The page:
The first house I ever bought with a partner was also the worst house I have ever bought with a partner. It was February 2018, and my partner, Brandon, and I had just formed our business, Red Ladder Property Solutions. We were both still working our jobby jobs, not yet pulling the trigger on our resignations. The plan was to get our business formed and marketing ramped up prior to quitting, getting some properties in the pipeline so that we could hit the ground running once we went full time.
*Spoiler alert – I did not do a good job on getting a lot of good pics on this one (and God knows Brandon never gets any good ones), so you will have to rely on my witty narrative to carry this post. What you see below for photos is the cream of the crap.
So Brandon calls me one day and tells me that he has a pretty good lead on a house in District 66 off of 84th and Blondo, a good hood of starter houses. Evidently, the owner was having some issues. The owner’s son told Brandon the house was vacant because the owner was now moved into a mental health facility. He described the house as having a lot of personal items and some trash left behind, and they were just hoping to sell it as is, with everything in it so they wouldn’t have to deal with it. At this point, I am really busy with my job and some remodeling projects already, so Brandon goes over to check out the house and meet with the son on his own because I don’t have much available time.
The house is a 3 bed, 2 bath raised ranch with a 1 car garage through the basement. It is on a nice, quiet street and is probably worth about $170,000 after it is all fixed up. I ask Brandon to describe the condition of the house, and he takes a long pause before answering. “Well, there is a lot of wood in there.” I’m like, “What do you mean a lot of wood? What kind of wood, like stacks of lumber?” I’m picturing stacks of 2×4’s that we could possibly sell or use on the project. Worst case scenario I figured we could pay someone to take the wood out, no big deal.
I can tell he is struggling with how to describe it to me. He says, “It’s not really stacks, it’s all like, wedged in there. I couldn’t even get into one of the bedrooms because it was so full, and the family wouldn’t let me go in the master bedroom.” I say, “What? Why not?” He tells me it’s because the previous owner may have tried to “hurt himself” in there. Wow. This is sounding like a sketchy house.
I ask him about the basement and foundation. He tells me that he can’t really get to the foundation because the basement is so full. So I say, “OK, what about when you come into the basement from the garage – what does it look like from there?” He tells me that he can’t get into the garage either because there is a car and so much stuff in there that he can’t get to the door. Geez, it is hard to know what we are dealing with when we can’t see a lot of the house.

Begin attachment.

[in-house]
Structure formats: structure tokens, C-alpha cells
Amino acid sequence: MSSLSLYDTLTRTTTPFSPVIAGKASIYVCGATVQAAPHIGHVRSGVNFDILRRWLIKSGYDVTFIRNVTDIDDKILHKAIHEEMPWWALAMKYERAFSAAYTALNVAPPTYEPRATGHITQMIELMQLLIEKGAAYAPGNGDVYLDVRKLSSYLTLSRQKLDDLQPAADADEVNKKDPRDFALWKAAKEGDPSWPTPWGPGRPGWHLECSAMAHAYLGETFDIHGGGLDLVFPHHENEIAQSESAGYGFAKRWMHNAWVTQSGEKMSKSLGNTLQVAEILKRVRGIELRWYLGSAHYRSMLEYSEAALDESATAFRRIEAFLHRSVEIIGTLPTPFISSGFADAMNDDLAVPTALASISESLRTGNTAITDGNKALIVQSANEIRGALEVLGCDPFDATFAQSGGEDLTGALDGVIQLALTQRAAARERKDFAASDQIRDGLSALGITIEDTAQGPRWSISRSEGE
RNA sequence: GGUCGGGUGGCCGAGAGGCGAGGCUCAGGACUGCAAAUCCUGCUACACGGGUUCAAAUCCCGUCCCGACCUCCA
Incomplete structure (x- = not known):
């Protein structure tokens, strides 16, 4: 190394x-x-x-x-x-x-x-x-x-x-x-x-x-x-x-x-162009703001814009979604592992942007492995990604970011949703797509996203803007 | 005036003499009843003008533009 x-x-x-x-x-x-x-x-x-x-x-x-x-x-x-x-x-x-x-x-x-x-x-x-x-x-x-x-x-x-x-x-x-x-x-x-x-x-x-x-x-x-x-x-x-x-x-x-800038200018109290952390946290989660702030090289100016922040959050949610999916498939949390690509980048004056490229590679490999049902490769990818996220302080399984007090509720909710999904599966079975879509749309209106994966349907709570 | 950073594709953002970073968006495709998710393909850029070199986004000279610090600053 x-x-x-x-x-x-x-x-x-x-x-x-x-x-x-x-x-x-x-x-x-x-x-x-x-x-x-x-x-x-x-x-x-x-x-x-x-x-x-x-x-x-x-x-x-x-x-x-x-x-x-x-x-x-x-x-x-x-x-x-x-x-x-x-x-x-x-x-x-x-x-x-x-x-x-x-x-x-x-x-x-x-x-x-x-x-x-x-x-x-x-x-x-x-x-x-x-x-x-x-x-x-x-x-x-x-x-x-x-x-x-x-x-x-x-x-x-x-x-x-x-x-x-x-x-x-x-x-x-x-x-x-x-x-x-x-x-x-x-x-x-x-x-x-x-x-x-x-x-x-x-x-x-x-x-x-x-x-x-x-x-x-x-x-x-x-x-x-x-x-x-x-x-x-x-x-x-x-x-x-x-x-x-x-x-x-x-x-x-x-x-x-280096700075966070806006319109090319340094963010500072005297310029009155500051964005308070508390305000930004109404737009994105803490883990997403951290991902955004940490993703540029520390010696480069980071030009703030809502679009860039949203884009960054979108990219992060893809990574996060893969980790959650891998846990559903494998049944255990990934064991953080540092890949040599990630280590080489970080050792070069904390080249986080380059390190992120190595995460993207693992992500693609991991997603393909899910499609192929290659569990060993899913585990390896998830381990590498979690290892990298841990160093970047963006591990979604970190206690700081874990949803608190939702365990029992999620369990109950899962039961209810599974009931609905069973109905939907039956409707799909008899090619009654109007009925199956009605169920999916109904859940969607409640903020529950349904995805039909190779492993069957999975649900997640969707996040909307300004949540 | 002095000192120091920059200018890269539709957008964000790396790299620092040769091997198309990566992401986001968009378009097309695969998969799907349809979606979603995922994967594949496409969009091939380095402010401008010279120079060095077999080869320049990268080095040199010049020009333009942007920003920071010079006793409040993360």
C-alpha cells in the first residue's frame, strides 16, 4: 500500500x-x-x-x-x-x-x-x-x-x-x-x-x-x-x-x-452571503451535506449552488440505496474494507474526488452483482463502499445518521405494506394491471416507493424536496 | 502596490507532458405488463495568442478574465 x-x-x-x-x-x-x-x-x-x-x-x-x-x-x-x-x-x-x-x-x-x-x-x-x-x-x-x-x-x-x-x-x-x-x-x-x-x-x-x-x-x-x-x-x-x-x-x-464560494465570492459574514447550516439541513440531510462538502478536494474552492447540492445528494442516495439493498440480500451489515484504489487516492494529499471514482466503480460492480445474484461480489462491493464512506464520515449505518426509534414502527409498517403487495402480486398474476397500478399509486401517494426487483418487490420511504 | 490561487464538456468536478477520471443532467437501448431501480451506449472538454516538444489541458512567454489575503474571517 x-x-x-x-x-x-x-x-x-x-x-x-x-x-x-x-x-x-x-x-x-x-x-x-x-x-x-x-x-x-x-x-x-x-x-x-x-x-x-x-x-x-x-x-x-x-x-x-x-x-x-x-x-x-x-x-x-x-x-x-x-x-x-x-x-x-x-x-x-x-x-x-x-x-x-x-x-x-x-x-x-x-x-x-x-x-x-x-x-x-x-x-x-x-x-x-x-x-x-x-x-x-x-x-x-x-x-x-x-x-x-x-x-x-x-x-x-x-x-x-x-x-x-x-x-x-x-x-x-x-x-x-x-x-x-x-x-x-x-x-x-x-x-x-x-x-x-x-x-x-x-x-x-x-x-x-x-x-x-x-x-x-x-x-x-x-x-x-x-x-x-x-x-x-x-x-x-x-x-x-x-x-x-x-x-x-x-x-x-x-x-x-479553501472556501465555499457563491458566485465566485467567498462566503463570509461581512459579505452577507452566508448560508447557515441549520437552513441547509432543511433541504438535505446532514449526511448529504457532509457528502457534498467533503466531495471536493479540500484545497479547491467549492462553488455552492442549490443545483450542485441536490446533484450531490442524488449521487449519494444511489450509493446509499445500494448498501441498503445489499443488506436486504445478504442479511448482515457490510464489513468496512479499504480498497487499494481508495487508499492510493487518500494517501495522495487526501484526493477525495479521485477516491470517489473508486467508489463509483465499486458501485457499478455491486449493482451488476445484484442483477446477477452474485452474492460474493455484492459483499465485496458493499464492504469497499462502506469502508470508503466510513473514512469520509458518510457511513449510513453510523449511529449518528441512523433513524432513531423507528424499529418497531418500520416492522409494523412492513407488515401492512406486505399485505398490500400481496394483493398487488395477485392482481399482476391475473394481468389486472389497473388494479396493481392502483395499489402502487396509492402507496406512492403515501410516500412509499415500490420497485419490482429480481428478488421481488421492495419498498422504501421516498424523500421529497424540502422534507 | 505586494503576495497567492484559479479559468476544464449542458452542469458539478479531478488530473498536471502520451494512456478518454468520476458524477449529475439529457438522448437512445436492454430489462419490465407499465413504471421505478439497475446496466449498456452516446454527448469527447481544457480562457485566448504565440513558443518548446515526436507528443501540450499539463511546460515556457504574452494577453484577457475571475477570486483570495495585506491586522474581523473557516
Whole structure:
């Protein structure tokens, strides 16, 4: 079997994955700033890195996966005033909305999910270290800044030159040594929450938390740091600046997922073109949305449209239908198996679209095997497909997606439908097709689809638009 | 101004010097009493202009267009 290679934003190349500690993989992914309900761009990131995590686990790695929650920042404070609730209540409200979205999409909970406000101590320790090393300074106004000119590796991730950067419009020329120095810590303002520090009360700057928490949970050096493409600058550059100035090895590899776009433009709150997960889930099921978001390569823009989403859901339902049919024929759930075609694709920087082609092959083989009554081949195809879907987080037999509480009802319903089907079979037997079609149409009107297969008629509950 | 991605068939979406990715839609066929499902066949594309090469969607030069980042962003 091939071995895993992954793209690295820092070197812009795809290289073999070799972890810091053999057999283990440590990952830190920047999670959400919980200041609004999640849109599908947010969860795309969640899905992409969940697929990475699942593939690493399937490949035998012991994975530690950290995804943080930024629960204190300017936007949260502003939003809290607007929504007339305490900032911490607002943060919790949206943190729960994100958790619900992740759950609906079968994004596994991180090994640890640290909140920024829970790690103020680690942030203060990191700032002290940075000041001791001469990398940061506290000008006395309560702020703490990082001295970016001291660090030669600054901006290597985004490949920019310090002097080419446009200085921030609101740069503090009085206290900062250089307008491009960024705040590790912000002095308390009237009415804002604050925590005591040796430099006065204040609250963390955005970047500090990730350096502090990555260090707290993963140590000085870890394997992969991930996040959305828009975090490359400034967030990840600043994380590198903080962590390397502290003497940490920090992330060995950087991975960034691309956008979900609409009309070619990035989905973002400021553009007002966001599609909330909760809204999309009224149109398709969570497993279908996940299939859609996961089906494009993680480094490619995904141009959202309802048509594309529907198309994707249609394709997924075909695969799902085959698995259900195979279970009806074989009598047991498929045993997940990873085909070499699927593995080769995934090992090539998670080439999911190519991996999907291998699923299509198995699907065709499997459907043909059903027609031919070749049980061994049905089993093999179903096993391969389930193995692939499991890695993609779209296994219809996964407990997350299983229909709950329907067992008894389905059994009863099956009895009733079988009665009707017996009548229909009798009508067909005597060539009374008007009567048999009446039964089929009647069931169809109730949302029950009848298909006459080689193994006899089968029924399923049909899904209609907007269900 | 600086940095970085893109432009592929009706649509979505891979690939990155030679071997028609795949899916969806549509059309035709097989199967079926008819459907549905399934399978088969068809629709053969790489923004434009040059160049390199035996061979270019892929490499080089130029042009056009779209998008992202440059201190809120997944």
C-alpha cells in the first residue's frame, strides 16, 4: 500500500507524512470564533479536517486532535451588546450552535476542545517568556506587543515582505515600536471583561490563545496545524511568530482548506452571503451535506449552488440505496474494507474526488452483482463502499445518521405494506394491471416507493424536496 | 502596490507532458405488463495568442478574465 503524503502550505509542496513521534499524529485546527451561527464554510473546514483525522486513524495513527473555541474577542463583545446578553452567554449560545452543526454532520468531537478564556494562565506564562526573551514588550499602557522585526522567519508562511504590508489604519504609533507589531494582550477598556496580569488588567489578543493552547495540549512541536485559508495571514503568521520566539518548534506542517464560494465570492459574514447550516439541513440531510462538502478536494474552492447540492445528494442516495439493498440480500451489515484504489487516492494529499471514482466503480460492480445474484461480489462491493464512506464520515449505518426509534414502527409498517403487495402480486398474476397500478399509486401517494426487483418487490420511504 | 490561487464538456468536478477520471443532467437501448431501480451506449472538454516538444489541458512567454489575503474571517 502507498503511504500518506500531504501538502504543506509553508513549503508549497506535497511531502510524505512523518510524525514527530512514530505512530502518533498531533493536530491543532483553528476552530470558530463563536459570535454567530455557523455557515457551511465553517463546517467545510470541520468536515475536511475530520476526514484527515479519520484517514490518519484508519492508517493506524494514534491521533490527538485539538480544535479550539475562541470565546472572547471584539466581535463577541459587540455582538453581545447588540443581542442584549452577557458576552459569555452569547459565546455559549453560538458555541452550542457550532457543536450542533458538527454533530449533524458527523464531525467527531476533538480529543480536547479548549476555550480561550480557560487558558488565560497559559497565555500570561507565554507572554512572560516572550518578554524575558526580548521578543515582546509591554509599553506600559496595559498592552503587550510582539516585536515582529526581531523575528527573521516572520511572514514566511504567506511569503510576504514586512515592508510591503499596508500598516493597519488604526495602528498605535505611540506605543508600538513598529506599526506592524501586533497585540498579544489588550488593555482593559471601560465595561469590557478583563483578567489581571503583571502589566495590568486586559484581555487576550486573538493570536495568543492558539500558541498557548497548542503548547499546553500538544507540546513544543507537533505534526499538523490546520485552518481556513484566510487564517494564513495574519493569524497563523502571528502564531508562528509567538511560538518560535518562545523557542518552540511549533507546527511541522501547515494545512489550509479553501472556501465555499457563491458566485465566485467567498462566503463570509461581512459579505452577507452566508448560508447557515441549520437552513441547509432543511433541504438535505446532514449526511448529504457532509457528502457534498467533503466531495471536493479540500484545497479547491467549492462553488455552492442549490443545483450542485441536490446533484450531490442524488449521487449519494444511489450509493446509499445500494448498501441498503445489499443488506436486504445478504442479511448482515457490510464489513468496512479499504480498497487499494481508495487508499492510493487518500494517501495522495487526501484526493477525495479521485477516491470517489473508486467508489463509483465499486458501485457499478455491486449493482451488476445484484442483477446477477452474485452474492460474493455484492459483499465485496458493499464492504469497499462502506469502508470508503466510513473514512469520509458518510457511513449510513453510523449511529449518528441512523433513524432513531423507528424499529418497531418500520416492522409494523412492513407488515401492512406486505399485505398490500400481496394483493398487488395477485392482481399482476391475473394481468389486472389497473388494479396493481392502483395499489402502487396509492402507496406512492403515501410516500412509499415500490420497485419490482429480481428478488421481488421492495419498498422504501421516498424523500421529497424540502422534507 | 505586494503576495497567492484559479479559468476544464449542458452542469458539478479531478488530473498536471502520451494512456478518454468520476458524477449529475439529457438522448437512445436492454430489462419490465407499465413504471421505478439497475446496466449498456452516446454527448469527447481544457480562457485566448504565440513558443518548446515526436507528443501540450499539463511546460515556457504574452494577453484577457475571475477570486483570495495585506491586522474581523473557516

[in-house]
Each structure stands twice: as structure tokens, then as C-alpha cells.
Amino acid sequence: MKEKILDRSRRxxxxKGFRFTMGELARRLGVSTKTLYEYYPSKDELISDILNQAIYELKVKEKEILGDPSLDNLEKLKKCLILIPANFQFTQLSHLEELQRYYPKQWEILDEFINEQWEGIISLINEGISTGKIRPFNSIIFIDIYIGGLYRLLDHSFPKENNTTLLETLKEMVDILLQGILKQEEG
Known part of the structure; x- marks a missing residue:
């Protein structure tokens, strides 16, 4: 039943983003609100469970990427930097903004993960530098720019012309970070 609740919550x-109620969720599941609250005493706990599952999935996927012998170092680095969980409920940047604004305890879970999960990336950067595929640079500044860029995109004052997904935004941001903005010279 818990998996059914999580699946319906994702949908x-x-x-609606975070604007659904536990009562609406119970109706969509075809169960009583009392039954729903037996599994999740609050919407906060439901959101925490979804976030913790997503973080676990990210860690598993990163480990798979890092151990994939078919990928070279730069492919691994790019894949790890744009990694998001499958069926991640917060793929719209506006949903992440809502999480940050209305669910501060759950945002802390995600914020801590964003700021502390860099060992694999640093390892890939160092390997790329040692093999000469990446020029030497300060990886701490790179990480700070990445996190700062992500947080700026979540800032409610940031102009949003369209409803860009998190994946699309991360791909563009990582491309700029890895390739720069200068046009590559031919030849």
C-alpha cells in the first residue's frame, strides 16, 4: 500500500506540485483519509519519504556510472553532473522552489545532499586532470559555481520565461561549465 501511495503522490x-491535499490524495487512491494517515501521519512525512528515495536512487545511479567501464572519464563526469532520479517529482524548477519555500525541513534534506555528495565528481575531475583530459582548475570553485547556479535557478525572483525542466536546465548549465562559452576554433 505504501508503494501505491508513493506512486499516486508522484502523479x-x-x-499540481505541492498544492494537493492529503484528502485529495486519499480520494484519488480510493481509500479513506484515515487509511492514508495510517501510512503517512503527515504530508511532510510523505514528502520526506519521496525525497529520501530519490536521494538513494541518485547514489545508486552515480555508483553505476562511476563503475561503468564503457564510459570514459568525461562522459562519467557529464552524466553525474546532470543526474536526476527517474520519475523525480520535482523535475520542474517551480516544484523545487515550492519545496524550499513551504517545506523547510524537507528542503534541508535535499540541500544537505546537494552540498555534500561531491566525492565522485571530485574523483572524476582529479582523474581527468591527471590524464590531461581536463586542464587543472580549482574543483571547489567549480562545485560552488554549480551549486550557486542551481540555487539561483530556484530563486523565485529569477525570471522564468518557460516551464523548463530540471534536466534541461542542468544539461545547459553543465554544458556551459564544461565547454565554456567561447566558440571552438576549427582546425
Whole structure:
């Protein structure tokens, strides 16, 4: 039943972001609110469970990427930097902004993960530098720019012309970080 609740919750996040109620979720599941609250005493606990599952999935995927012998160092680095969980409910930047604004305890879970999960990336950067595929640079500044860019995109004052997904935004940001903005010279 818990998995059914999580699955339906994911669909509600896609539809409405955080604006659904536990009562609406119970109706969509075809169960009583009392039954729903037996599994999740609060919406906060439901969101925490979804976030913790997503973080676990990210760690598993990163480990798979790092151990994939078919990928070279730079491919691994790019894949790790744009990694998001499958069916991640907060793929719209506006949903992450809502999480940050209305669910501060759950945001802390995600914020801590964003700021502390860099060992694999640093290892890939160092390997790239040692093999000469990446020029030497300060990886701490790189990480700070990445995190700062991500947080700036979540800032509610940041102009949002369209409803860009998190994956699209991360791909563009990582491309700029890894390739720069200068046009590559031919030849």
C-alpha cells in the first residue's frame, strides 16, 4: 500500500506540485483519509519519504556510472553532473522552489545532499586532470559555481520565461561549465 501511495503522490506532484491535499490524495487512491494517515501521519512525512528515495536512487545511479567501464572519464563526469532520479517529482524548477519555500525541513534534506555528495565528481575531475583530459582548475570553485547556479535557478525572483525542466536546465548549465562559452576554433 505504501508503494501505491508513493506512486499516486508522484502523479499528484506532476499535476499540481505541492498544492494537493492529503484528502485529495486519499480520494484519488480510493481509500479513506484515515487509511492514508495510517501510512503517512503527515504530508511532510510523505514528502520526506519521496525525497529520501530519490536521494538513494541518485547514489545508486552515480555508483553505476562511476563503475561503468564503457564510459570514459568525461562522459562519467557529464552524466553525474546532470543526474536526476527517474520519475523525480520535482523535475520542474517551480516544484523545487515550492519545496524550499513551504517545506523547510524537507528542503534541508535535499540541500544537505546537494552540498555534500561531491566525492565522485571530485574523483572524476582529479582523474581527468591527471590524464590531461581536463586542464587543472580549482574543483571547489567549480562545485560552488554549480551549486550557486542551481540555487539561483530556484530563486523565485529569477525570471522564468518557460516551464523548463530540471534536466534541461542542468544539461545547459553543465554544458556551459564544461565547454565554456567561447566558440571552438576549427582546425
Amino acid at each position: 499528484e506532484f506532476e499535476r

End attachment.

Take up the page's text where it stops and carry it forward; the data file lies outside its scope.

I basically defer to Brandon on what to offer for the house since I have not seen it myself. I believe they wanted around $75,000. We end up offering $50K and end up settling on a $51,000 purchase price, with us closing in 2 weeks. Now the fun begins.
In anticipation of closing day, I call to get the utilities switched over to our business account. When I get ahold of MUD to get gas and water service turned on, the customer service agent is taking forever to get our account activated. I ask if there is a problem. She says, “I’m sorry sir, you will need to speak to our engineering department.” “What, why?” I reply. “Well, we show that there has not been gas service at the property since 2010, and no water service there since 2012. So, we will need to have engineering look at the connections before new service can be authorized for safety protocols.” I don’t know what to say. I am speechless. This has never happened to me in almost 15 years of buying dozens and dozens of properties (the engineering department part, not the being speechless part). How could the previous owner have been living in the house with no heat or water for 6+ years? I would soon find out how this was possible.
The day that we get possession of the property, I am going to meet Brandon there to do a walkthrough so that I could see what we bought, and we can put a gameplan together on what we are going to do with it. I get to the house first, so I roll up and take a look at the exterior. Brandon had put a lockbox on the back railing of the house, so I walk around the back and immediately fall right on my ass. Hard. The yard was a skating rink because the ground was frozen solid and we had gotten a bunch of rain on top of it, which was now a sheet of ice due to the fact that the gutters were falling off the house.
To add insult to injury, in my short walk from my truck to the back yard, I already had mentally spent about $20,000 on the exterior of the house. Siding = rotting wood and peeling paint. Cha-ching. Roof = completely shot and multiple layers. Cha-ching. Gutters = what gutters? Driveway = looks like cobblestone. Surprise, it’s just broken concrete. Windows = wood that looks like swiss cheese. Double cha-ching. You know that sense of dread you sometimes get in the pit of your stomach when you are anticipating something terrible? Yeah. Me too.